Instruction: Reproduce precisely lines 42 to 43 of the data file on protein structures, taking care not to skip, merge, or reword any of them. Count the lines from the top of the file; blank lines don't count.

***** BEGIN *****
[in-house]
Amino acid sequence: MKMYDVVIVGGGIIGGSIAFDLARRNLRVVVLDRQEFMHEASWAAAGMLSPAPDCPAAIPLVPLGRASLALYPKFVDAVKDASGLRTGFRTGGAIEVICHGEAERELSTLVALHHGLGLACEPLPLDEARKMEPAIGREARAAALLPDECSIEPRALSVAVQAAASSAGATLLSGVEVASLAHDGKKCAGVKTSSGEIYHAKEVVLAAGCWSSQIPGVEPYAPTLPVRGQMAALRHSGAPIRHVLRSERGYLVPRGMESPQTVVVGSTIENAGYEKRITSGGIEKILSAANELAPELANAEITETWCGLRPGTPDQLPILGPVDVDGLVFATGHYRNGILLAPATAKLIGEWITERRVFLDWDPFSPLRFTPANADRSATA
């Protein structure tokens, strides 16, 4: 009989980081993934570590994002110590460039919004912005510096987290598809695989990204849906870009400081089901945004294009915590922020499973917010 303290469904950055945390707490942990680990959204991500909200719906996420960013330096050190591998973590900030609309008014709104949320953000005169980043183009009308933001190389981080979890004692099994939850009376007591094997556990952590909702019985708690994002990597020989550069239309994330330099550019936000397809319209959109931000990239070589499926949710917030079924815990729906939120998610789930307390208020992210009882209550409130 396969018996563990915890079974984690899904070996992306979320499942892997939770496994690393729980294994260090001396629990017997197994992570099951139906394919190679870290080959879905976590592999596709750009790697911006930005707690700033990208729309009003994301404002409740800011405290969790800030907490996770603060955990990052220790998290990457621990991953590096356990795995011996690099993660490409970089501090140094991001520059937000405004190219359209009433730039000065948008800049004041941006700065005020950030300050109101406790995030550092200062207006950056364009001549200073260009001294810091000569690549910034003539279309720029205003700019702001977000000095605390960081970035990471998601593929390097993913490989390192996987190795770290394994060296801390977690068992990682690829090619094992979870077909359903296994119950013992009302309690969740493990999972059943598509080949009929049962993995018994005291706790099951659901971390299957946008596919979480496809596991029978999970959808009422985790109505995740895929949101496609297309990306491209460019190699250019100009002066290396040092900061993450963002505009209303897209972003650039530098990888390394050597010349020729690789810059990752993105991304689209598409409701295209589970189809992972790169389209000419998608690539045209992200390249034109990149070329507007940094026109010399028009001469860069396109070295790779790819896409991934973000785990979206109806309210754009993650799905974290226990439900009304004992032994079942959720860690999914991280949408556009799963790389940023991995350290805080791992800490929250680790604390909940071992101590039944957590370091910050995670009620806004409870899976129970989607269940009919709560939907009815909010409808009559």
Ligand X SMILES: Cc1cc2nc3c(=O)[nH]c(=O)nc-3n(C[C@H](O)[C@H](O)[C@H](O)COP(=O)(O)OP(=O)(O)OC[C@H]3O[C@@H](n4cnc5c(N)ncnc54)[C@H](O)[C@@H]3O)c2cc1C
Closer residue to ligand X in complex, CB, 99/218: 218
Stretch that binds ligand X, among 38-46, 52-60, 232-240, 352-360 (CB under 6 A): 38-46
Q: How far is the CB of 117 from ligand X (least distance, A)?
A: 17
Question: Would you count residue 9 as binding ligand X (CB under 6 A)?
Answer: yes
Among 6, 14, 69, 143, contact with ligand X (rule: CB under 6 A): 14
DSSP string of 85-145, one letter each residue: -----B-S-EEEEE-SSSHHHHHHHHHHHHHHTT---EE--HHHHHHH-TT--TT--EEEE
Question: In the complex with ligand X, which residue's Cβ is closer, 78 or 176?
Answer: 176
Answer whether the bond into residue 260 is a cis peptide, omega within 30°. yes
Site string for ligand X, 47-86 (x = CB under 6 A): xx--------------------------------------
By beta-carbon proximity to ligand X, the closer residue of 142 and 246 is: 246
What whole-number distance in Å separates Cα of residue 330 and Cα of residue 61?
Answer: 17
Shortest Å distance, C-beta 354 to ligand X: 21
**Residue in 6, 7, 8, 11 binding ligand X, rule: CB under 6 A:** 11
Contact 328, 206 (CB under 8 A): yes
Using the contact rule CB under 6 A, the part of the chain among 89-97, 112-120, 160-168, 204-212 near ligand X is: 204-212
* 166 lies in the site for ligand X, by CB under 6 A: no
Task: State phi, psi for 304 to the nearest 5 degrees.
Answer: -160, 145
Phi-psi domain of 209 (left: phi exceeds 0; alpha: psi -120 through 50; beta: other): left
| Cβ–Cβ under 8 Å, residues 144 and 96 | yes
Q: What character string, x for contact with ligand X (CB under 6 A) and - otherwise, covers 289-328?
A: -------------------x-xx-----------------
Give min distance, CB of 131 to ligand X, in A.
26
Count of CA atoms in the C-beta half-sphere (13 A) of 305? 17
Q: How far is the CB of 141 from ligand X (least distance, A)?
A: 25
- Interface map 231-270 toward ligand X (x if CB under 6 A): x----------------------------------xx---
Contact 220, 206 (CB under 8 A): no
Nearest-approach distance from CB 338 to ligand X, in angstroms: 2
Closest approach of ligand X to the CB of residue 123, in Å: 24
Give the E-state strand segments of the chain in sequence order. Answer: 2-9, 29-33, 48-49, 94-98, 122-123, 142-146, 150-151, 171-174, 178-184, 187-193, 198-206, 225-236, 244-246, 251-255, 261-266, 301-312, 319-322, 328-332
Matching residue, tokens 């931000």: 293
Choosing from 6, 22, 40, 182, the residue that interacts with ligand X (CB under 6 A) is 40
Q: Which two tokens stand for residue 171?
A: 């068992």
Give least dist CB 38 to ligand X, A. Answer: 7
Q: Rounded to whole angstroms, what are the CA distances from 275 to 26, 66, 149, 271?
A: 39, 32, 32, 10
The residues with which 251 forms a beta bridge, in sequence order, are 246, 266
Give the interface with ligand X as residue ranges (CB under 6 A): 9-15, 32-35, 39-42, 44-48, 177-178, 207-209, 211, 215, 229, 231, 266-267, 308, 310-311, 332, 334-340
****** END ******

Choosing from 6, 22, 40, 182, the residue that interacts with ligand X (CB under 6 A) is 40
Q: Which two tokens stand for residue 171?